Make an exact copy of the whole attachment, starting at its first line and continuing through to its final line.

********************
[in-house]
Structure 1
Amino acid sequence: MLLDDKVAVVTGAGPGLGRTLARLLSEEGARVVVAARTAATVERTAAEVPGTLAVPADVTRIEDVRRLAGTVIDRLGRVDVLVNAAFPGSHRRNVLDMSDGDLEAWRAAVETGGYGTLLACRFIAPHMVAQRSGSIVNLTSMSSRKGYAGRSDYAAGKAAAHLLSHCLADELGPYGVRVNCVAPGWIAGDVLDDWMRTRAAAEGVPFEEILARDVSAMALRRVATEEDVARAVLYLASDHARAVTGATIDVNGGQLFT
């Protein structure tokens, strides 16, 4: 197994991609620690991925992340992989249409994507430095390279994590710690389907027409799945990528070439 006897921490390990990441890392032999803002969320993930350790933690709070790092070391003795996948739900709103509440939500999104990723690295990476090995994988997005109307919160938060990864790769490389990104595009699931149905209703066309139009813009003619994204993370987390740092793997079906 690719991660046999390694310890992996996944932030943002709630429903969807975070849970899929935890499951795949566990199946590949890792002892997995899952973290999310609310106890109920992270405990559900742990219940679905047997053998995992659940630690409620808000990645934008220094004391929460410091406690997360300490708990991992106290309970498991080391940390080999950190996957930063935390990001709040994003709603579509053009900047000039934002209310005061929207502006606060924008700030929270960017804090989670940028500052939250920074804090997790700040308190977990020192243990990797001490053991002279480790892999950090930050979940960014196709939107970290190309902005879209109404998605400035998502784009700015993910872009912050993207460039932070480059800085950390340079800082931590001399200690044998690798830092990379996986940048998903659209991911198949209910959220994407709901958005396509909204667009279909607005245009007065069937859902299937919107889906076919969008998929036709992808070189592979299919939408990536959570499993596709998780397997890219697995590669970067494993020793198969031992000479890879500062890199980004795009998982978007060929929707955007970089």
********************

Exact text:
[in-house]
Structure 1
Amino acid sequence: MLLDDKVAVVTGAGPGLGRTLARLLSEEGARVVVAARTAATVERTAAEVPGTLAVPADVTRIEDVRRLAGTVIDRLGRVDVLVNAAFPGSHRRNVLDMSDGDLEAWRAAVETGGYGTLLACRFIAPHMVAQRSGSIVNLTSMSSRKGYAGRSDYAAGKAAAHLLSHCLADELGPYGVRVNCVAPGWIAGDVLDDWMRTRAAAEGVPFEEILARDVSAMALRRVATEEDVARAVLYLASDHARAVTGATIDVNGGQLFT
């Protein structure tokens, strides 16, 4: 197994991609620690991925992340992989249409994507430095390279994590710690389907027409799945990528070439 006897921490390990990441890392032999803002969320993930350790933690709070790092070391003795996948739900709103509440939500999104990723690295990476090995994988997005109307919160938060990864790769490389990104595009699931149905209703066309139009813009003619994204993370987390740092793997079906 690719991660046999390694310890992996996944932030943002709630429903969807975070849970899929935890499951795949566990199946590949890792002892997995899952973290999310609310106890109920992270405990559900742990219940679905047997053998995992659940630690409620808000990645934008220094004391929460410091406690997360300490708990991992106290309970498991080391940390080999950190996957930063935390990001709040994003709603579509053009900047000039934002209310005061929207502006606060924008700030929270960017804090989670940028500052939250920074804090997790700040308190977990020192243990990797001490053991002279480790892999950090930050979940960014196709939107970290190309902005879209109404998605400035998502784009700015993910872009912050993207460039932070480059800085950390340079800082931590001399200690044998690798830092990379996986940048998903659209991911198949209910959220994407709901958005396509909204667009279909607005245009007065069937859902299937919107889906076919969008998929036709992808070189592979299919939408990536959570499993596709998780397997890219697995590669970067494993020793198969031992000479890879500062890199980004795009998982978007060929929707955007970089």